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How gestures impact your child’s learning process

baby and mom smiling outdoors

Key points:
1. Babies start communicating through gestures around 5 months.
2. Gestures facilitate learning by regulating children’s attention and providing conceptual information.
3. Different types of gestures include index, iconic, and embodied gestures.
4. Studies show that gestures support young children’s learning and make abstract information more concrete.

We’ve previously talked about the importance of gestures in your child’s language development. In this article, we will pinpoint different types of gestures that have been researched along with their effect on children’s learning processes.

Your baby begins communicating with you through gesticulations when they’re around 5 months. They can let you know what they like or dislike and are constantly catching up with your gestures and voice. The ability to communicate with gestures and learn through them doesn’t stop at 24 months when your little one is able to produce understandable words. Even as adults we use gestures to provide representational information that complements our words; that way the other person has a broader insight of what we just present verbally. There’s even been studies that show that adults rely more on the communicator’s pointing gestures, than on their speech.

How do gestures facilitate learning?


Research shows that gestures regulate children’s attention during a task and that they can provide relevant conceptual information about strategies required by the task.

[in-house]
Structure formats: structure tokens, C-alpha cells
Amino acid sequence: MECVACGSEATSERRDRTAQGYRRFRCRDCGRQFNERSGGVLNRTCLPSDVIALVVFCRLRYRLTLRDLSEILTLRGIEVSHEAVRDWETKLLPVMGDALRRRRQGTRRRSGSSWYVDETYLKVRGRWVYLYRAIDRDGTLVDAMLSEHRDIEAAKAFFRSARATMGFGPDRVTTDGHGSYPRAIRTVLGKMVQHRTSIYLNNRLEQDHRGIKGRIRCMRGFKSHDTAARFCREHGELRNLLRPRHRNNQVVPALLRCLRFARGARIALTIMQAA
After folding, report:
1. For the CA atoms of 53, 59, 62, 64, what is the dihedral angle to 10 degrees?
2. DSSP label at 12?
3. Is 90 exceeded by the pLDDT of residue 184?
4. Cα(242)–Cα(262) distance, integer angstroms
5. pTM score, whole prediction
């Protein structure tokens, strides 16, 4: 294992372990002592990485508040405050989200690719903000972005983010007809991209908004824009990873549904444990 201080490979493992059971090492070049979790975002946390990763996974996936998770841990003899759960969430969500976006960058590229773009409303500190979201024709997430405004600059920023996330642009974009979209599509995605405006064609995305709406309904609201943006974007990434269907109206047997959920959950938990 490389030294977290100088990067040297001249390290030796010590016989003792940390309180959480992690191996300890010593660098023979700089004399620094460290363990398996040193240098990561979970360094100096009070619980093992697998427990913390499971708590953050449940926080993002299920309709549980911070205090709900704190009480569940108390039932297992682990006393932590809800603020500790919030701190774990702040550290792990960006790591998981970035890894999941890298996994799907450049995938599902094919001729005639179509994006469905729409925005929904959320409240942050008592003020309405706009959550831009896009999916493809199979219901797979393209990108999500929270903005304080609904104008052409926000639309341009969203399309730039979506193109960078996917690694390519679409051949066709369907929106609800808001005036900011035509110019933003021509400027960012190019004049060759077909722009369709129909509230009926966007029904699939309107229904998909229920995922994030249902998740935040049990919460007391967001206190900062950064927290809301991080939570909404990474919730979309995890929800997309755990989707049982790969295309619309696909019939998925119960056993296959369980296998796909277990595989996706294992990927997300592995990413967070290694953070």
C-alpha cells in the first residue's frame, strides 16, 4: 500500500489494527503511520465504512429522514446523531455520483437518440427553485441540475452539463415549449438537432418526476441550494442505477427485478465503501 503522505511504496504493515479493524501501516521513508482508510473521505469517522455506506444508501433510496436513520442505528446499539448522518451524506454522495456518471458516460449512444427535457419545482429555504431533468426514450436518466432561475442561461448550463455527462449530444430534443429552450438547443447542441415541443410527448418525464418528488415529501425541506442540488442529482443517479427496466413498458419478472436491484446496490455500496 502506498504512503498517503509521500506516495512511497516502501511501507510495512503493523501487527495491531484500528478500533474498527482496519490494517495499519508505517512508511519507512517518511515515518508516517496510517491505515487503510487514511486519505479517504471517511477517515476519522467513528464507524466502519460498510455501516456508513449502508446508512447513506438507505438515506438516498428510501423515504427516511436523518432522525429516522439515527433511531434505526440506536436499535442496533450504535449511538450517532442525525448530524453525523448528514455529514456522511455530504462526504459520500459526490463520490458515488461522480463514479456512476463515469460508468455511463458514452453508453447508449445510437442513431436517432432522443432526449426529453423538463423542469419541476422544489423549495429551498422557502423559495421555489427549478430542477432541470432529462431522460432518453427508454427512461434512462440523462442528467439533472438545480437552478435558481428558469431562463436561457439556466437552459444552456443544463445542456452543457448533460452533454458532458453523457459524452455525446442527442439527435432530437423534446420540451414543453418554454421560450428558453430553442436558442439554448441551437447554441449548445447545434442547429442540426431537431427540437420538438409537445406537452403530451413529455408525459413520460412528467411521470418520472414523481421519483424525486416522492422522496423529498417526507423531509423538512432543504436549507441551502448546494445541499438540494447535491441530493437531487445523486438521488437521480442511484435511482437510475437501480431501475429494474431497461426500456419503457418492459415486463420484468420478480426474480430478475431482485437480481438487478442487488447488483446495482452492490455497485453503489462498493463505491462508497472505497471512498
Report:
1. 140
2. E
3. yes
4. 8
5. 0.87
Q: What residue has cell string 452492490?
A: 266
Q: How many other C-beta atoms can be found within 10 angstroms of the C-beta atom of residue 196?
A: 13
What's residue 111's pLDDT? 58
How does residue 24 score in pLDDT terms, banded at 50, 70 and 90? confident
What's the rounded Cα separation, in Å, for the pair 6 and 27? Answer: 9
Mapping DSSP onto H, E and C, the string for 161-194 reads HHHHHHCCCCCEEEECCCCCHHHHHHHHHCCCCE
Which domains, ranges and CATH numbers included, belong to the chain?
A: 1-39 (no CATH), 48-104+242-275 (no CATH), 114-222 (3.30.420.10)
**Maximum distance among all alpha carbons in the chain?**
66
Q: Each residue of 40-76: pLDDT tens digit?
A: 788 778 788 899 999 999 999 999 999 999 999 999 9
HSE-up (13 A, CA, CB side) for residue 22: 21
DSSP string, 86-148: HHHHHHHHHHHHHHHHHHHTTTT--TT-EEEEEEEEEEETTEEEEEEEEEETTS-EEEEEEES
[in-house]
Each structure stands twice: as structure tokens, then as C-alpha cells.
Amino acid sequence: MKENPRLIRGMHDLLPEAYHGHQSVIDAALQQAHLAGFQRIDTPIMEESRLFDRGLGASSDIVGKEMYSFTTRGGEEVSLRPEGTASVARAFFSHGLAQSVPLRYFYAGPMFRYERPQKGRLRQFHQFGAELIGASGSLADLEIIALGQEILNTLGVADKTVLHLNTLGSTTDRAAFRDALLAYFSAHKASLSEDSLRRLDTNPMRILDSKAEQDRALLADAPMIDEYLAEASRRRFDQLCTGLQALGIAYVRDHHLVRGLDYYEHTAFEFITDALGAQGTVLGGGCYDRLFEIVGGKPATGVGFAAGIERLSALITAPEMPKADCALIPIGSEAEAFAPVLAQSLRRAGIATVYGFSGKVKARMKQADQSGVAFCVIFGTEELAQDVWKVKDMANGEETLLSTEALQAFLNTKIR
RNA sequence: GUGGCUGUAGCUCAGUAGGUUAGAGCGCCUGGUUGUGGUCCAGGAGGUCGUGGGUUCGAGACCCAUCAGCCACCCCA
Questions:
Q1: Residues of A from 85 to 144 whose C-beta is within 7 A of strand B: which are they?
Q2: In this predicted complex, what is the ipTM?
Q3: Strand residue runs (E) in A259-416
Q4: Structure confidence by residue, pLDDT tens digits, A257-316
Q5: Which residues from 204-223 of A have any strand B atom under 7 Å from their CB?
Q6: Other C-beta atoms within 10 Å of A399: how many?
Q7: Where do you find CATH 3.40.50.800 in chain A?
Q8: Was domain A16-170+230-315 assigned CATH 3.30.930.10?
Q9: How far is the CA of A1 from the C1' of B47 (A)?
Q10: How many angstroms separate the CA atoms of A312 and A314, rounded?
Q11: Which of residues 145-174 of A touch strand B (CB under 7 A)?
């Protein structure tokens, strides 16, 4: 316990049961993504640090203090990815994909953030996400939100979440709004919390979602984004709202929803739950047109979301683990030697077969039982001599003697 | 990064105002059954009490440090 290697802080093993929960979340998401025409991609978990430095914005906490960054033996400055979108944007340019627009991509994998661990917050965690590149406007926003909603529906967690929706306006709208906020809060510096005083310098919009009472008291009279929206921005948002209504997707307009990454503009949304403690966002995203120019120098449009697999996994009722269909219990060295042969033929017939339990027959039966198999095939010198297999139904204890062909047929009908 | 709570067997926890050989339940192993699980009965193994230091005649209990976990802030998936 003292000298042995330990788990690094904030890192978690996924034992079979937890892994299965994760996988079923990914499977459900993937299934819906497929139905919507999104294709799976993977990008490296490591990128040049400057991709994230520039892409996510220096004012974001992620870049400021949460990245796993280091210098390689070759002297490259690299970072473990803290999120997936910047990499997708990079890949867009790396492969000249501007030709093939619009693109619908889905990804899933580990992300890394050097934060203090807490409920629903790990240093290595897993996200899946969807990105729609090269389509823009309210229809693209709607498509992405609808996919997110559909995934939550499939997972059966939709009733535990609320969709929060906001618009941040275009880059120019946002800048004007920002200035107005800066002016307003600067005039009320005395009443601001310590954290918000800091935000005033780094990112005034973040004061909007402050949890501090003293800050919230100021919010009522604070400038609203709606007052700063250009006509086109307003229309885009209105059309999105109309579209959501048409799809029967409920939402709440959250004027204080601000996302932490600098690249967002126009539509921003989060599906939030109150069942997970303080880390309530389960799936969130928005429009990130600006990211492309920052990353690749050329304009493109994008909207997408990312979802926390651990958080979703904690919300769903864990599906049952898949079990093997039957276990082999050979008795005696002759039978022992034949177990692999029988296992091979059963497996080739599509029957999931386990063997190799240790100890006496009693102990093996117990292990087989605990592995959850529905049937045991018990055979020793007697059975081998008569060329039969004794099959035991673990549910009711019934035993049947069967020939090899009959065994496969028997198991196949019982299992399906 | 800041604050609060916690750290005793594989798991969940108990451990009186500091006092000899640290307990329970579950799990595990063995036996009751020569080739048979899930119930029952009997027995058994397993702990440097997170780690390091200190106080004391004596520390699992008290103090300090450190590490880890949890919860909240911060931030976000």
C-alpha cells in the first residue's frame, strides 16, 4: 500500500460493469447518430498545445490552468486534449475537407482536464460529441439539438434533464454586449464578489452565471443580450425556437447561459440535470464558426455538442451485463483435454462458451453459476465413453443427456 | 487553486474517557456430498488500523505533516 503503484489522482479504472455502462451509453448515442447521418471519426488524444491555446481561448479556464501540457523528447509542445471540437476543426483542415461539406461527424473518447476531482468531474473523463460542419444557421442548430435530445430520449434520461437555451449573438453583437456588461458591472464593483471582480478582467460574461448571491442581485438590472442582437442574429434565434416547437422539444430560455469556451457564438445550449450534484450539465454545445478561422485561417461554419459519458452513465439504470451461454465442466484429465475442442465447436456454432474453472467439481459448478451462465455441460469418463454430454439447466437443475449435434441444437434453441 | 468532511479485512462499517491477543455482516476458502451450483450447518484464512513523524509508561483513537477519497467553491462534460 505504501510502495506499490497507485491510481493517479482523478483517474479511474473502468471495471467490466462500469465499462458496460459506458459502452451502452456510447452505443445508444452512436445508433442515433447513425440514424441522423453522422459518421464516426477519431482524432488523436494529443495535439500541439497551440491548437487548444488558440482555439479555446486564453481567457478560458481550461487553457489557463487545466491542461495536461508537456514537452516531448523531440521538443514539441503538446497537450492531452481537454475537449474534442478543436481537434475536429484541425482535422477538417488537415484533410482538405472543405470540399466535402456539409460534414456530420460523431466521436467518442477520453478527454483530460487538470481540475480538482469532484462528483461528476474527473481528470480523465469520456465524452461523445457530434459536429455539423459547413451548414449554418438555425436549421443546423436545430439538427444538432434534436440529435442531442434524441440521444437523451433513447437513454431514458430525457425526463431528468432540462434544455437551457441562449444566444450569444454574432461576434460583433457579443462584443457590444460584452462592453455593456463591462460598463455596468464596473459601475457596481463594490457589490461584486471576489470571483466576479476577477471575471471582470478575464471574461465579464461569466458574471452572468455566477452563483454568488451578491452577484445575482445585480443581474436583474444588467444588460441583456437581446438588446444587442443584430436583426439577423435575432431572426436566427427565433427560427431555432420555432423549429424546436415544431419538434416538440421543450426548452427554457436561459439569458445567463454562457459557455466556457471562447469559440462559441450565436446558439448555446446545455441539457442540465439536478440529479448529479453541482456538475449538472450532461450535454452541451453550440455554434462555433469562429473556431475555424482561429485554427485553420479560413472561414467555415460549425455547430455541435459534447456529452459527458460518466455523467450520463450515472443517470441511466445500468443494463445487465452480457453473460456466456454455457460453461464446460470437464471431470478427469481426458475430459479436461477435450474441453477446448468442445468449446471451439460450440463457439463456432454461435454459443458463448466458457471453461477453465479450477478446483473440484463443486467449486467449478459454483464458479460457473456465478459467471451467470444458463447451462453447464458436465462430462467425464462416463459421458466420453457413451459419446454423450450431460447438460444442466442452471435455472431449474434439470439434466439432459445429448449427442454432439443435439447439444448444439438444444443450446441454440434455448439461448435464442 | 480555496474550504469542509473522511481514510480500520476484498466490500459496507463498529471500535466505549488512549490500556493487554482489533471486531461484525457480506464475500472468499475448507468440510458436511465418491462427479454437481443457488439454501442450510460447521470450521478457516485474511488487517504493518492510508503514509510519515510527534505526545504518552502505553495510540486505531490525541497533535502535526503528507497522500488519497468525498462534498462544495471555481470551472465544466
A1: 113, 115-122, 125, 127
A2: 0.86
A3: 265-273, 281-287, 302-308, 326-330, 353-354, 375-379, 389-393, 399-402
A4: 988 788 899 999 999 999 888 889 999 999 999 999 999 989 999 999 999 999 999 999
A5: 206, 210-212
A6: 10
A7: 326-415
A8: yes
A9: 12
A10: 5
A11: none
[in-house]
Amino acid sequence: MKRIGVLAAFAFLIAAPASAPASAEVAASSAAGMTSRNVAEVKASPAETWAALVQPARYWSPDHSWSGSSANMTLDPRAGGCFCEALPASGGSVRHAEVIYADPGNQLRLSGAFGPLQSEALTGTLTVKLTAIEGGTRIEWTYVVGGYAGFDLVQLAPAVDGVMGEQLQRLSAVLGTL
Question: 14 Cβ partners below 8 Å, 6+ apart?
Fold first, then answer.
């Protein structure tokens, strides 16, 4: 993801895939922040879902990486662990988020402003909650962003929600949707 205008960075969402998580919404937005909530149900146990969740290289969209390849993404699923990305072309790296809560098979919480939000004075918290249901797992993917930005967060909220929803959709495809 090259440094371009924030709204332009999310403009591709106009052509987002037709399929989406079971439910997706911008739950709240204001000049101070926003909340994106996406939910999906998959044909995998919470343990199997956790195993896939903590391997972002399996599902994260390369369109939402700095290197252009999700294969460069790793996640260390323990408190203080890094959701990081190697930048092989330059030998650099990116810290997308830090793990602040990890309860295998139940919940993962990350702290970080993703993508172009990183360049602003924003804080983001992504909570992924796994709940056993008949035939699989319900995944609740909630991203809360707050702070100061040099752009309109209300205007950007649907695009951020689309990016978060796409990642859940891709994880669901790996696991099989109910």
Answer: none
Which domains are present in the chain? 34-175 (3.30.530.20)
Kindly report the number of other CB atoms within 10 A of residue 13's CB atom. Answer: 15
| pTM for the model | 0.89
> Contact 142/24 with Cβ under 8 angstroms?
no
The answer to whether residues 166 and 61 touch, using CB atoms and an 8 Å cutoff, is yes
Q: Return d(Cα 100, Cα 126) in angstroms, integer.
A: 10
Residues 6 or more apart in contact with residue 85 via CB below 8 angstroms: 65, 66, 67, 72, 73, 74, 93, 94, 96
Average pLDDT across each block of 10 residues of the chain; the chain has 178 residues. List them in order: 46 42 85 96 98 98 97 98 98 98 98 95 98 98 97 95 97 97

• Index gestures: These gestures include pointing towards, tapping, and showing a physical object in order to indicate it. They’ve been shown to help children focus their attention on the most relevant parts when performing a task. Pointing can cue children on the important features. Tapping on an object can reduce the uncertainty and confusion about the object. The use of these gestures is more effective than the use of speech without any visual cues.
  • Iconic gestures: These are small actions that mimic the instructions of a task. They provide important ideas that complement or reinforce speech. Findings on these suggest learners make fewer errors and complete a task faster following gesture-only instructions, compared to speech-only instructions.
  • Embodied gestures: These gestures involve the caregiver demonstrating the action or function of an object or even wrapping their hands around the child’s hands to help them perform the action. These have been shown to be especially effective in motor tasks such as the manipulation of objects.

Studies have shown that gestures support young children’s learning, particularly kids over 2 years old. Gestures can make abstract information become more concrete and easier to understand. Try to incorporate these to the daily interactions you have with your little one and watch how you help them regulate their attention, learn, and comprehend instructions better.

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